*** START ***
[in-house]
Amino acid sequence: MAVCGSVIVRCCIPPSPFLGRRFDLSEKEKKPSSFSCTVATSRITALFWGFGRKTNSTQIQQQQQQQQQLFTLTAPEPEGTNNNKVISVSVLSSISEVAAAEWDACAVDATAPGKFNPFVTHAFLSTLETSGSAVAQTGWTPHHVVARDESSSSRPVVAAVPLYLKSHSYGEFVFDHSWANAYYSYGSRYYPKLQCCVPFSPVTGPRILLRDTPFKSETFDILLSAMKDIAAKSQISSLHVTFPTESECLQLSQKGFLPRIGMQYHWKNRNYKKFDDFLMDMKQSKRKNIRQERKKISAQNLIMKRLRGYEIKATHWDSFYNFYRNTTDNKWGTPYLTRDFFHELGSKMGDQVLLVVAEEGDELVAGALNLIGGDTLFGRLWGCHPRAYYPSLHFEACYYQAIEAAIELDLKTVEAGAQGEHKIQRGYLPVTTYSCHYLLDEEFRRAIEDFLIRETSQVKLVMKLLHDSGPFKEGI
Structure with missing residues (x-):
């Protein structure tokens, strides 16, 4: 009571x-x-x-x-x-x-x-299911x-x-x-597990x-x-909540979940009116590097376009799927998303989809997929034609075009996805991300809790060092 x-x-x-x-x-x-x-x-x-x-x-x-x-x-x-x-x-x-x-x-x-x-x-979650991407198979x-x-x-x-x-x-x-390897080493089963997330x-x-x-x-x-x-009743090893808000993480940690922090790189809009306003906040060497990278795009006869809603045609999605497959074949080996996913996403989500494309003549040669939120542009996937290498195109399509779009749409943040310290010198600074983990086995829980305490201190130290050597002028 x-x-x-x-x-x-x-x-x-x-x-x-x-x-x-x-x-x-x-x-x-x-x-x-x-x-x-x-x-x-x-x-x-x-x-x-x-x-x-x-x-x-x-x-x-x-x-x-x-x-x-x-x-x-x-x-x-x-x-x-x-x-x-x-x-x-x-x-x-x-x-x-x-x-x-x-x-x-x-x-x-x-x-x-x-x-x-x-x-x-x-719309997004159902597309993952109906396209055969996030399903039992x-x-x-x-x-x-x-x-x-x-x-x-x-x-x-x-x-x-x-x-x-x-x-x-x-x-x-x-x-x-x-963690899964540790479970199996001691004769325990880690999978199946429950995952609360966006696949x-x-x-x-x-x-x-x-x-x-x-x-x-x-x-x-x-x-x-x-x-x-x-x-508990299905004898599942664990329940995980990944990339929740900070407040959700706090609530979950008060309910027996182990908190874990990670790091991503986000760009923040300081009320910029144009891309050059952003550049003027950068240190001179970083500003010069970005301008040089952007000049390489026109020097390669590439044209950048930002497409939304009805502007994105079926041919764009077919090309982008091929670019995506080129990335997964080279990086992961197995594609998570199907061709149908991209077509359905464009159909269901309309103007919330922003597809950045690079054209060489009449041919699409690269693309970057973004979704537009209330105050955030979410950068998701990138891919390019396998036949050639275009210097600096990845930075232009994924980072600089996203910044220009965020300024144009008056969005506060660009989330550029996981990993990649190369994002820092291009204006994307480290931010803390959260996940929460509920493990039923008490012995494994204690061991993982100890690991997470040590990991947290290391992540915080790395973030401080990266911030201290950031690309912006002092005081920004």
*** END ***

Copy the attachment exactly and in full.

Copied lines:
[in-house]
Amino acid sequence: MAVCGSVIVRCCIPPSPFLGRRFDLSEKEKKPSSFSCTVATSRITALFWGFGRKTNSTQIQQQQQQQQQLFTLTAPEPEGTNNNKVISVSVLSSISEVAAAEWDACAVDATAPGKFNPFVTHAFLSTLETSGSAVAQTGWTPHHVVARDESSSSRPVVAAVPLYLKSHSYGEFVFDHSWANAYYSYGSRYYPKLQCCVPFSPVTGPRILLRDTPFKSETFDILLSAMKDIAAKSQISSLHVTFPTESECLQLSQKGFLPRIGMQYHWKNRNYKKFDDFLMDMKQSKRKNIRQERKKISAQNLIMKRLRGYEIKATHWDSFYNFYRNTTDNKWGTPYLTRDFFHELGSKMGDQVLLVVAEEGDELVAGALNLIGGDTLFGRLWGCHPRAYYPSLHFEACYYQAIEAAIELDLKTVEAGAQGEHKIQRGYLPVTTYSCHYLLDEEFRRAIEDFLIRETSQVKLVMKLLHDSGPFKEGI
Structure with missing residues (x-):
């Protein structure tokens, strides 16, 4: 009571x-x-x-x-x-x-x-299911x-x-x-597990x-x-909540979940009116590097376009799927998303989809997929034609075009996805991300809790060092 x-x-x-x-x-x-x-x-x-x-x-x-x-x-x-x-x-x-x-x-x-x-x-979650991407198979x-x-x-x-x-x-x-390897080493089963997330x-x-x-x-x-x-009743090893808000993480940690922090790189809009306003906040060497990278795009006869809603045609999605497959074949080996996913996403989500494309003549040669939120542009996937290498195109399509779009749409943040310290010198600074983990086995829980305490201190130290050597002028 x-x-x-x-x-x-x-x-x-x-x-x-x-x-x-x-x-x-x-x-x-x-x-x-x-x-x-x-x-x-x-x-x-x-x-x-x-x-x-x-x-x-x-x-x-x-x-x-x-x-x-x-x-x-x-x-x-x-x-x-x-x-x-x-x-x-x-x-x-x-x-x-x-x-x-x-x-x-x-x-x-x-x-x-x-x-x-x-x-x-x-719309997004159902597309993952109906396209055969996030399903039992x-x-x-x-x-x-x-x-x-x-x-x-x-x-x-x-x-x-x-x-x-x-x-x-x-x-x-x-x-x-x-963690899964540790479970199996001691004769325990880690999978199946429950995952609360966006696949x-x-x-x-x-x-x-x-x-x-x-x-x-x-x-x-x-x-x-x-x-x-x-x-508990299905004898599942664990329940995980990944990339929740900070407040959700706090609530979950008060309910027996182990908190874990990670790091991503986000760009923040300081009320910029144009891309050059952003550049003027950068240190001179970083500003010069970005301008040089952007000049390489026109020097390669590439044209950048930002497409939304009805502007994105079926041919764009077919090309982008091929670019995506080129990335997964080279990086992961197995594609998570199907061709149908991209077509359905464009159909269901309309103007919330922003597809950045690079054209060489009449041919699409690269693309970057973004979704537009209330105050955030979410950068998701990138891919390019396998036949050639275009210097600096990845930075232009994924980072600089996203910044220009965020300024144009008056969005506060660009989330550029996981990993990649190369994002820092291009204006994307480290931010803390959260996940929460509920493990039923008490012995494994204690061991993982100890690991997470040590990991947290290391992540915080790395973030401080990266911030201290950031690309912006002092005081920004």